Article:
Maybe in the USA; wouldn’t two crew be required in Europe?
Neil, as I understood it: The model is that customers need to get fractional ownership. That way the flight isn’t marked as a commercial flight, and the requirements like Multi-Engine, Multi-Crew, etc does not apply.
AFAIK no need for 2 crew for this type of aircraft, nor for light piston twins. Like Lenthamen says, if you are co-owner no need for an AOC. Hope this method lasts.. Cirrus on an AOC would not work, needs to be a twin, although I heard something about PC-12’s being operated that way or plans for that? But that’s a turbine.
In my part of the world you can opearate piston singles commercially with one pilot. But VFR only, e.g. for sightseeing flights and aerial work (or this kind of “air taxi” stuff). And with duty and rest times for single pilot operation. But I wouldn’t invest a singe Euro in such a business. Most of the sightseeing opeartors are now out of business because they could not make a living operating old and paid for Cessna 182 and 206s, so earning money with Cirruses that come for 1/2M Euro a piece must be completey impossible.
although I heard something about PC-12’s being operated that way or plans for that?
France decided to allow SET commercial ops (read: TBM 850) last summer. There was a thread on that in “Hangar Talk” back then.
AFAIK, in most (all?) other European countries SET commercial ops are still not allowed. I definitely know that’s the case here in Austria.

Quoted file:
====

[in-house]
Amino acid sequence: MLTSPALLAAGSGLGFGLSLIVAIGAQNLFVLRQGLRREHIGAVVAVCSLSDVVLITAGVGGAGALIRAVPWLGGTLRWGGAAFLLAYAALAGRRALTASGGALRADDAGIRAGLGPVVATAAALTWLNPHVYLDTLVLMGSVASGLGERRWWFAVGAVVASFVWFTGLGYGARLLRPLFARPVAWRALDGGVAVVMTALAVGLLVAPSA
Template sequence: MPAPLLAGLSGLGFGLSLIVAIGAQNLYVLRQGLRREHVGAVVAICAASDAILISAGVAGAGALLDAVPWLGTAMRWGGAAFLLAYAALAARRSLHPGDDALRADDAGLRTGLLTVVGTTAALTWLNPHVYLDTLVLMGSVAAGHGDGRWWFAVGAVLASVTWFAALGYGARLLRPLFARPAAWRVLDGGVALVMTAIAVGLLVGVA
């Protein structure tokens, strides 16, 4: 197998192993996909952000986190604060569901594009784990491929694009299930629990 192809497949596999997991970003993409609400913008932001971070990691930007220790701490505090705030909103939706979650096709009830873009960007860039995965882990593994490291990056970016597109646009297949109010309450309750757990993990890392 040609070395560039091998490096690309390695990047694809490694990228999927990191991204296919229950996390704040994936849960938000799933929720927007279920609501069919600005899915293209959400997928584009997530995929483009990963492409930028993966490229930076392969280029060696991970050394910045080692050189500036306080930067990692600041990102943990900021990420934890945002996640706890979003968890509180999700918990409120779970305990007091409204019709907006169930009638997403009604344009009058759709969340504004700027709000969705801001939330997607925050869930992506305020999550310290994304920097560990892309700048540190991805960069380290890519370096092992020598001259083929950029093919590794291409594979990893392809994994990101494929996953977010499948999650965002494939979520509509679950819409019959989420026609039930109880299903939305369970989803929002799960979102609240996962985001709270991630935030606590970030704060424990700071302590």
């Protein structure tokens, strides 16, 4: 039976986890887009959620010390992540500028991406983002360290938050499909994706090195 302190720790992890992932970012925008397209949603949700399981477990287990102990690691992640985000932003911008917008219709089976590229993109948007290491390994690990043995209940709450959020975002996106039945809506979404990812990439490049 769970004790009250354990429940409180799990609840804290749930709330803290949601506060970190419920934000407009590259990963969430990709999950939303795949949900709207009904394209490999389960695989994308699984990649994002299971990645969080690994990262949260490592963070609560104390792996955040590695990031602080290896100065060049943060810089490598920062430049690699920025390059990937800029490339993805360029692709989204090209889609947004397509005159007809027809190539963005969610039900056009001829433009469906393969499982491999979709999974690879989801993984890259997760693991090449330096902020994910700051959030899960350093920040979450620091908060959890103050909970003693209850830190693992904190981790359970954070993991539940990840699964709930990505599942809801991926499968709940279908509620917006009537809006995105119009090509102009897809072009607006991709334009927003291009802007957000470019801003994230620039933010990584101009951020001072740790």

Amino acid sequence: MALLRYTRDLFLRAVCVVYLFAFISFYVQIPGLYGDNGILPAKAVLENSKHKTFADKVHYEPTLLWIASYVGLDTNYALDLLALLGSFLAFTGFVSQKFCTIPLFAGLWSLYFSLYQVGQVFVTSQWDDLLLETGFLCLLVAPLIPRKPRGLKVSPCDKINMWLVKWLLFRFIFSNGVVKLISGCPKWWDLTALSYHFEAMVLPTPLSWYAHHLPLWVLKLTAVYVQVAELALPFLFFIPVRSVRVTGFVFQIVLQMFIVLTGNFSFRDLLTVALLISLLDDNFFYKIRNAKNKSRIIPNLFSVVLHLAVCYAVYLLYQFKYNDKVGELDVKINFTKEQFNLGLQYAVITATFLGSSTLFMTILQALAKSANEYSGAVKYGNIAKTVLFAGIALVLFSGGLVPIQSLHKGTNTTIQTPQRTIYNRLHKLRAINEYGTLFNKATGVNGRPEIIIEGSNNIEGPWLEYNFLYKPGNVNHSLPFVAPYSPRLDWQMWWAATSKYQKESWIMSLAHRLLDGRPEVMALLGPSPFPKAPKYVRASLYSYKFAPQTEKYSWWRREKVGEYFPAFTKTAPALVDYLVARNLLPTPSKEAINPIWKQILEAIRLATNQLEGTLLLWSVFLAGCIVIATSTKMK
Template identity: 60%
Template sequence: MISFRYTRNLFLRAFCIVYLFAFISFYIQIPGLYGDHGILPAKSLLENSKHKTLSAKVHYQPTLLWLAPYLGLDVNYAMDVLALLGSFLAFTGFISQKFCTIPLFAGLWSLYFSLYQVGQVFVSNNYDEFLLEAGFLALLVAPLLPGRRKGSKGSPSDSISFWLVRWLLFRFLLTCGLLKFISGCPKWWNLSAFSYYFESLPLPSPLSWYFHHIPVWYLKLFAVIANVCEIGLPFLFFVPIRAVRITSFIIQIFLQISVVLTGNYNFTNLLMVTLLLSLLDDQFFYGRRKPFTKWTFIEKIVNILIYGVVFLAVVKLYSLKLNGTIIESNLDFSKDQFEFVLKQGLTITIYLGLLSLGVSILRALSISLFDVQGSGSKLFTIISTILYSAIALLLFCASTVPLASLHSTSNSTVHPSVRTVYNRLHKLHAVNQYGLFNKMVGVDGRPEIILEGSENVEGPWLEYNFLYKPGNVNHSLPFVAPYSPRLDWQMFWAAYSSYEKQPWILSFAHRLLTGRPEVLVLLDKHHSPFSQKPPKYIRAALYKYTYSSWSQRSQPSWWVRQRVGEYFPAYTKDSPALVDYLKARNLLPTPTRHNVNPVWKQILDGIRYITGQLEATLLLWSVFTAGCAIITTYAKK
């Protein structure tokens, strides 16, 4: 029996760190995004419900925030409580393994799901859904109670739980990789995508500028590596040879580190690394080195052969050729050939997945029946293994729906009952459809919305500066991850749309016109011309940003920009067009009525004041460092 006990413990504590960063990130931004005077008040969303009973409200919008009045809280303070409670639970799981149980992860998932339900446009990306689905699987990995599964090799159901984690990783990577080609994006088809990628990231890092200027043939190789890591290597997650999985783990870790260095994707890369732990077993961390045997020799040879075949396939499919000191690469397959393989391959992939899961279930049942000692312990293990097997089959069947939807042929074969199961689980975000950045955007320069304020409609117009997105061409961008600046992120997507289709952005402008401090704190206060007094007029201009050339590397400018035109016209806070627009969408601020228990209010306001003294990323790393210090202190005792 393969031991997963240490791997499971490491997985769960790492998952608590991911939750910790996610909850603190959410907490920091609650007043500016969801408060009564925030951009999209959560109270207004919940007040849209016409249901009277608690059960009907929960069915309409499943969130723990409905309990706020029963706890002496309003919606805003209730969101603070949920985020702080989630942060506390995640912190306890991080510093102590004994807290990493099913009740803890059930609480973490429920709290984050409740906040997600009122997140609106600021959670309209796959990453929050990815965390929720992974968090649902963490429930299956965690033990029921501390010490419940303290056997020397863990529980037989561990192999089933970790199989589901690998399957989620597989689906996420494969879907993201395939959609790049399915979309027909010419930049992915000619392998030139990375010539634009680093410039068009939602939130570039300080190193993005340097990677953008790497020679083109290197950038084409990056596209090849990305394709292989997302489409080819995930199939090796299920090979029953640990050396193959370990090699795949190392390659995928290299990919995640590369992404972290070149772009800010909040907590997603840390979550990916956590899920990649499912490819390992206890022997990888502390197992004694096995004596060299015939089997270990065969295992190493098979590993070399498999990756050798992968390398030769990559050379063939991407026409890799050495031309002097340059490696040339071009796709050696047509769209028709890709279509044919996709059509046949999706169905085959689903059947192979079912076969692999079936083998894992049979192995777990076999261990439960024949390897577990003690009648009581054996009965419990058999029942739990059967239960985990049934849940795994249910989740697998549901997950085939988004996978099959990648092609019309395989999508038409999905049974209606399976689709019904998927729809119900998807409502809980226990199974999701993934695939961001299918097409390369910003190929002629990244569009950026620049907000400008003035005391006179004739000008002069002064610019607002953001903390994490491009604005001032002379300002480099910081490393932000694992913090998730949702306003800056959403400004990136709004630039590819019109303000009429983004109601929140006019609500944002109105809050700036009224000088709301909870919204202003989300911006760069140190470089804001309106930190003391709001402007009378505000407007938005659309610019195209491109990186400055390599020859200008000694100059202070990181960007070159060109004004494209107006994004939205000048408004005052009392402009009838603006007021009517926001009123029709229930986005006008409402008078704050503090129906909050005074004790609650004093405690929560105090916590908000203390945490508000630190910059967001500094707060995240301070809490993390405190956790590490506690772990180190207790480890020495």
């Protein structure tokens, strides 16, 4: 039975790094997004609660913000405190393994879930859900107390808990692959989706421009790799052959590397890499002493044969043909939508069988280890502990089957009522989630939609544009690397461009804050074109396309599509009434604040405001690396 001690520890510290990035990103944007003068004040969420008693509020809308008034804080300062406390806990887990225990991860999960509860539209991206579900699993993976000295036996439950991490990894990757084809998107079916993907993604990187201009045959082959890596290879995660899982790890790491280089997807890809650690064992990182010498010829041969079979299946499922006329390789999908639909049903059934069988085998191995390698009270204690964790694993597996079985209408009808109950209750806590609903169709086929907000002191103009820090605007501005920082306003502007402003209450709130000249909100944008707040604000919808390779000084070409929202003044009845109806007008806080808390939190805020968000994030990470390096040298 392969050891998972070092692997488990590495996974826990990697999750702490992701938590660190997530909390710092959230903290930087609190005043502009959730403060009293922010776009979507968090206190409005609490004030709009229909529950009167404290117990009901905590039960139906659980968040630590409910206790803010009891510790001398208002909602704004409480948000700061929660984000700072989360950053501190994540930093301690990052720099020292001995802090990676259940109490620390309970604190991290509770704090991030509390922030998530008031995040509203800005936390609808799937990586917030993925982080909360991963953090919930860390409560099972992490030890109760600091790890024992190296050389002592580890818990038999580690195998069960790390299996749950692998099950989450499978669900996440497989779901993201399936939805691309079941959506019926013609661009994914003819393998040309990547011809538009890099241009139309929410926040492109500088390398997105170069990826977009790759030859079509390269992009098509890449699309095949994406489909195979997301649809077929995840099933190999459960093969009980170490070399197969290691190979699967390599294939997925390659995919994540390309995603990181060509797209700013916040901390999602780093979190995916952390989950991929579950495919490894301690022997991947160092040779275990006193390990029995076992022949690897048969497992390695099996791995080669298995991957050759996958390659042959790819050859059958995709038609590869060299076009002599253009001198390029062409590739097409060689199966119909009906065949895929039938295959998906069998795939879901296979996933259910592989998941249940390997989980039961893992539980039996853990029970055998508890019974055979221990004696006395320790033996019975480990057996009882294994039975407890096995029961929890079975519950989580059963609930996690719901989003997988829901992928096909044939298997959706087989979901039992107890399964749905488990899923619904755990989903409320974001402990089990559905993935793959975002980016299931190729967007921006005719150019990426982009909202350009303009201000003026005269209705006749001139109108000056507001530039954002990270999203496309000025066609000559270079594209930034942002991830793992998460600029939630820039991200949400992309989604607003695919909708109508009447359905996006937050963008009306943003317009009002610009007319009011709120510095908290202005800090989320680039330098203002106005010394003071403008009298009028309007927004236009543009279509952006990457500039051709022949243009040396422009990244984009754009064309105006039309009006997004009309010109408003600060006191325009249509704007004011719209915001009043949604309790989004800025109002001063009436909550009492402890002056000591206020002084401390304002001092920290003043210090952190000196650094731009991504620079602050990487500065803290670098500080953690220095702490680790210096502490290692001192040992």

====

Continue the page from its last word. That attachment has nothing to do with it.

If I remember Air Law correctly, under EASA all commercial operations apart from “aerial work” need to be done with 2 pilots?
But I wouldn’t invest a singe Euro in such a business. Most of the sightseeing opeartors are now out of business because they could not make a living operating old and paid for Cessna 182 and 206s, so earning money with Cirruses that come for 1/2M Euro a piece must be completey impossible.
Yeah, that’s a segment of GA where the old saying about making a small fortune in aviation holds true…
Question is: How can they you offer a reliable service with a SR22?
On the website of www.flyaeolus.com they’re advertising with “Access to 1600 airports in Northwest Europe”.
While that might be true in theory, in practice many of these airports will be VFR airfields which are not usable about 50% of the time.
A business client that booked a flight to i.e. Teuge EHTE will not accept it that the flight is cancelled because the weather is sub-VFR.
The SR22 is non-pressurized. How do they get around this? Are they asking their customers to put on an oxygen mask when flying above 10K feet? Customers are used to fly in large pressurized jets, with in-flight entertainment, toilet, served food and drinks, etc. etc. They won’t accept it having to put on an oxygen mask in order to climb above weather…
What about the risk of flying single engine above cold seas? They’re offering flights to UK and Ireland. I doubt that they will request the customer to put on a life vest (or even worse, a survival suit).
What about the risk of flying single engine above cold seas?
Maybe they have a special version of the Cirrus with not only a parachute, but also an inflatable flotation device like an offshore helicopter…